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Bob Nailor

Knowing All Your Characters

Many writing conferences, seminars, whatever, will usually have a session about 'writing your character' or 'developing your character.' Exactly who or what is your character?

I was asked: Which is more important? Conflict or Character?

As a writer, everything is a character! Plot is a character. Conflict is a character. Emotion is a character. Weather is a character. John, the hero, is a character. Mary, the heroine, is a character. Even Slith, the villain, is a character.

Let me step back and make it a little easier to grasp what I am saying. Characters are what make your story. John, Mary and Slith—they're what I call cast, your players.

You're a writer. You create a world, be it a small room or an entire universe—it is where the story takes place. You dot this world with characters, a cast, much like a play.

To this mix you add more characters: Love, Conflict, Anger, Weather, Environment and several others. Even the world you create (the location of the story) is a character. The room protects your cast, or it holds them prisoners. It is no longer just four walls but a living entity to be dealt with.

When we create our characters, we give them descriptions. John is handsome. No, John is given details - a cleft chin, dark and wavy hair, muscled and tanned chest, a five-o'clock shadow at two, bedroom eyes and a gleaming smile. Mary isn't just pretty. Mary is an attractive brunette with soft curls, a natural beauty that needs no makeup and the prettiest blue eyes. We don't say "It snowed outside." and move along. A good writer makes the reader shiver with details of the swirling winds and ravaging, biting snow, the deep drifts and blinding white. This holds true for Conflict. Mary doesn't worry about John. Instead she has gut-wrenching fret about his life, her life, their life. Mary is immersed in John's condition.

We are taught that our characters must grow, develop and change during the story. How can Conflict do this?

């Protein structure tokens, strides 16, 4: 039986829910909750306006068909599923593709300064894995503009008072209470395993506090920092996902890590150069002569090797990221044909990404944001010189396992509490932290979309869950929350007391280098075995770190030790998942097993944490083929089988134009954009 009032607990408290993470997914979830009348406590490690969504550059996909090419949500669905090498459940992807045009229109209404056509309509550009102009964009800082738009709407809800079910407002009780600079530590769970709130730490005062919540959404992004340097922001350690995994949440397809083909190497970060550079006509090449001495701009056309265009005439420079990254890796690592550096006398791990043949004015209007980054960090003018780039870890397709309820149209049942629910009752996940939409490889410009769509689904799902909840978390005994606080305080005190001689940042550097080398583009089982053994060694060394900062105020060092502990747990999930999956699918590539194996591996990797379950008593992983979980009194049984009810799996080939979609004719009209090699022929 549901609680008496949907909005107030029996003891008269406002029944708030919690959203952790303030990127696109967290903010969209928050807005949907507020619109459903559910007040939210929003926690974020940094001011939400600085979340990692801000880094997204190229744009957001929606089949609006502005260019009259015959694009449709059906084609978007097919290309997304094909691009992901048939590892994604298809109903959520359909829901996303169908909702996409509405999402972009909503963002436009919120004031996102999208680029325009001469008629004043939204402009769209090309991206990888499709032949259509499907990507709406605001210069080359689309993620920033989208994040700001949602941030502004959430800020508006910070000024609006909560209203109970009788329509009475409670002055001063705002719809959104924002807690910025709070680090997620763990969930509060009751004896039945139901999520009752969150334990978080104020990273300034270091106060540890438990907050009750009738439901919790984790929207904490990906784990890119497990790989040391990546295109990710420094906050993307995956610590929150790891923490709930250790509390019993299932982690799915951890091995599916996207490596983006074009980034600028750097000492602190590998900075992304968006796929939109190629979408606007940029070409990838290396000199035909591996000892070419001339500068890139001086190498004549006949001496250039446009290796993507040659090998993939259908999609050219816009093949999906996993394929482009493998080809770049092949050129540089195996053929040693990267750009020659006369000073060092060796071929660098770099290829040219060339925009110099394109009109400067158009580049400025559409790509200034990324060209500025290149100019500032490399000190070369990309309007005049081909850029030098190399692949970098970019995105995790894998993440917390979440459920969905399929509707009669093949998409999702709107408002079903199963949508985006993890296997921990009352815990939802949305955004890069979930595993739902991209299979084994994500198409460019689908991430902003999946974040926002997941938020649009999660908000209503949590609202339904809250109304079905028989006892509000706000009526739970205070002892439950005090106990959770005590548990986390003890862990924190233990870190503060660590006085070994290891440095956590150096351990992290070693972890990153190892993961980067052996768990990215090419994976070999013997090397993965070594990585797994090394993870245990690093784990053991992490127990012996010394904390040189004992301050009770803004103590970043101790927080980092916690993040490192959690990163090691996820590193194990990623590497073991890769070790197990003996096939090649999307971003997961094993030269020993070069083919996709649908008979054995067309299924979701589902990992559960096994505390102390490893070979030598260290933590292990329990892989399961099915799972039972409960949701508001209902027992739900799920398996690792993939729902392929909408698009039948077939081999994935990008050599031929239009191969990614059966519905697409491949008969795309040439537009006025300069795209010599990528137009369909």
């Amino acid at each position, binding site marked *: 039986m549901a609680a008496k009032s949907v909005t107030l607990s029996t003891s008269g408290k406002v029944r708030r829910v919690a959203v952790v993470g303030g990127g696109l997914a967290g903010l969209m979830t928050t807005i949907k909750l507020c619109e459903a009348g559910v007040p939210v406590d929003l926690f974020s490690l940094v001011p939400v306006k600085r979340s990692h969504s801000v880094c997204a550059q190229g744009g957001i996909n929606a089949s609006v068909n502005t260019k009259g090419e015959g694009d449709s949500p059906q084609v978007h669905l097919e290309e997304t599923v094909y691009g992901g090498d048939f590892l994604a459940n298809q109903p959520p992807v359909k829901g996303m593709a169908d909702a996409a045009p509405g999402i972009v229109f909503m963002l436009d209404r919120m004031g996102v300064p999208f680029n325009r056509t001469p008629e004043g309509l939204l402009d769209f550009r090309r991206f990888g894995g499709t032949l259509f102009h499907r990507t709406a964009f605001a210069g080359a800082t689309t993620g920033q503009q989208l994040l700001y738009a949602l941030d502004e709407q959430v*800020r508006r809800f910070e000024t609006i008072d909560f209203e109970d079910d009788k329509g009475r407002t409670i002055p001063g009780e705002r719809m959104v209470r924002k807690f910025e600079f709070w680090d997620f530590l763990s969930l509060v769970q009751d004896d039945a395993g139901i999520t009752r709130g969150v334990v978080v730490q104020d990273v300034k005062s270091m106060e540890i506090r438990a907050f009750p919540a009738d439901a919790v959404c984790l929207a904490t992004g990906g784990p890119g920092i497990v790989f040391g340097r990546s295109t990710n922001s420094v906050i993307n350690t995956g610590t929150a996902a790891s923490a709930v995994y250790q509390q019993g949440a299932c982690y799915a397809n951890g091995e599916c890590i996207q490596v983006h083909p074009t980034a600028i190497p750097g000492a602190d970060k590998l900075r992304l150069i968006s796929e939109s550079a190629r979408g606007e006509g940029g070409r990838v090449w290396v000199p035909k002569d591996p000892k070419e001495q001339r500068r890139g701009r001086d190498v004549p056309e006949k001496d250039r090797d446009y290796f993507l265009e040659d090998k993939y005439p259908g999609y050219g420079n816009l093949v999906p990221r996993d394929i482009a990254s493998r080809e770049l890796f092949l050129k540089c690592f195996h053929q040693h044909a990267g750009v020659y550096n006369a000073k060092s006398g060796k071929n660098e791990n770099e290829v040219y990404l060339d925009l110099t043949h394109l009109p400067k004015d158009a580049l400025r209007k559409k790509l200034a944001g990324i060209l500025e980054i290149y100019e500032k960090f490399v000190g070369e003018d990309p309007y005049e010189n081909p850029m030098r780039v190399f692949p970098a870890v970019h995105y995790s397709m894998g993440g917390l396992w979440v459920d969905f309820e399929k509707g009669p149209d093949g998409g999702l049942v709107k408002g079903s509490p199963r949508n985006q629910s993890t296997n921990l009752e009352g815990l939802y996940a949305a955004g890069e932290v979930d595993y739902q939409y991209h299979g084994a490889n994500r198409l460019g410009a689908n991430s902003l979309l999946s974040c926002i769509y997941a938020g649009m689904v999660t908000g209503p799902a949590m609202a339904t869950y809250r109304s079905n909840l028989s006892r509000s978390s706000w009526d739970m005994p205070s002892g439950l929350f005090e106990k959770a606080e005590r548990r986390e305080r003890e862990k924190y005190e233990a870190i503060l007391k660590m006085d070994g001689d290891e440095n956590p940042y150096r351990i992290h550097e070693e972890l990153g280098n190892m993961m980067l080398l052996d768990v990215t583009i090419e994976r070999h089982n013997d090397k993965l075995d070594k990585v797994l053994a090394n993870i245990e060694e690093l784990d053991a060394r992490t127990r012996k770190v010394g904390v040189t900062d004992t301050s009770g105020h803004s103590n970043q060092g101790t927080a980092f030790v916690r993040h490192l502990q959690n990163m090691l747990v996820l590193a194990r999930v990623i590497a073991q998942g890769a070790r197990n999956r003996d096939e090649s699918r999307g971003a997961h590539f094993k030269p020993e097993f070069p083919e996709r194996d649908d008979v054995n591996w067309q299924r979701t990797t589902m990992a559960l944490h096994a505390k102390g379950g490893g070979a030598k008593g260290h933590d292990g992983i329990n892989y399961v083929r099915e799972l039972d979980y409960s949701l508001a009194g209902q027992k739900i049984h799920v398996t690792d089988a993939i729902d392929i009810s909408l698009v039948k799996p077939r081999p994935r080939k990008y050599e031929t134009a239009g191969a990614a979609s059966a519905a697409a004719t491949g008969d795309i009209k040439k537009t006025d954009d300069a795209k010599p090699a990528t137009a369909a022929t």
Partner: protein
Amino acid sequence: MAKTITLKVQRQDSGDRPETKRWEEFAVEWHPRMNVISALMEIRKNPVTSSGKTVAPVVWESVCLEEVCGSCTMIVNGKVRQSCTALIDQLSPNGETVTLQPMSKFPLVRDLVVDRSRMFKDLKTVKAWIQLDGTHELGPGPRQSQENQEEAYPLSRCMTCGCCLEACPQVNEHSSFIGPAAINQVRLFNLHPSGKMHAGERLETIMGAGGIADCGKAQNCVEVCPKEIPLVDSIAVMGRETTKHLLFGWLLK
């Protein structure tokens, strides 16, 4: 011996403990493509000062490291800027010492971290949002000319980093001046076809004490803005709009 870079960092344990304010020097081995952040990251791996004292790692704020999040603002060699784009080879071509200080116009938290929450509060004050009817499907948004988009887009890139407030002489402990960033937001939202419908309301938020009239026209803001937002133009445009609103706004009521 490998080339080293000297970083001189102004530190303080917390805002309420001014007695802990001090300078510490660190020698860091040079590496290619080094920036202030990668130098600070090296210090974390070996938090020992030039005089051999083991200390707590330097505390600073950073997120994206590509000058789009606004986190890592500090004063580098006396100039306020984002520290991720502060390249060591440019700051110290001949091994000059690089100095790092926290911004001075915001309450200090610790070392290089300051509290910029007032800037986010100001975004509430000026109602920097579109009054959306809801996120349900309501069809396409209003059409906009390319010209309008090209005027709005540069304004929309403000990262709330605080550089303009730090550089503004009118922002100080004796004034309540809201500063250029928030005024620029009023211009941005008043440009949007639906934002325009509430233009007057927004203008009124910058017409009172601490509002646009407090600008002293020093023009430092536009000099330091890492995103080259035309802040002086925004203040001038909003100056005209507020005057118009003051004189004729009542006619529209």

Let's create a scenario:
Mary likes John but doesn't love him. John is enamored with Mary. John discovers he has cancer. We now have Conflict using Love and Health.

John is debilitated and Mary must care for him. His cancer is growing and wracking John's body. She watches a manly man succumb to this invasion. John no longer touts his prowess but humbles himself to Mary's administrations. The conflict of health has escalated.

Mary comes to admire the soft features of John's hidden side and begins to fall in love. John is upset to show his less-manly side. The cancer gets stronger. Conflict of love growing, as is health issue.

John is now completely weak and Mary must feed him. Cancer now has Death at the doorstep. Mary frets what life, her life, their life, will be? A new medication is administered. Love is now in the air for Mary. Cancer's conflict is now deadly.

John rebounds and once more is a man's man. Mary is unsure. Cancer strikes back with a fury. Got to add a twist.

The room closes in on Mary as she watches John's health once more fail. John realizes that Mary loves his softer side and he could lose her. The medication re-kicks John's system and the cancer is put into remission. John and Mary are in love. Love is now reciprocal. Health is under control. Conflicts are addressed.

Yes, very simplistic but it shows how Conflict can be built as a character to enhance the story.

Every aspect of your story is a character. Don't short-change yourself or your reader. You don't write John lifted his rifle and shot the deer. No. Instead, you define that character which at this moment is the rifle. John lifted the bolt-action 700 Remington mag with its Leopold 3x9x50 scope and took aim. The nine-point buck, his target, began to bound away. John's finger squeezed the cold trigger. He fired.

Do you see the difference?

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Elyse Salpeter
What a great post. I have to remember that I need to constantly give my characters depth and description and not just adjectives to describe them. Great tip!
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Onisha Ellis
You make it sound sooo easy. While going over a first draft I find myself thinking, how would Bob describe this action.
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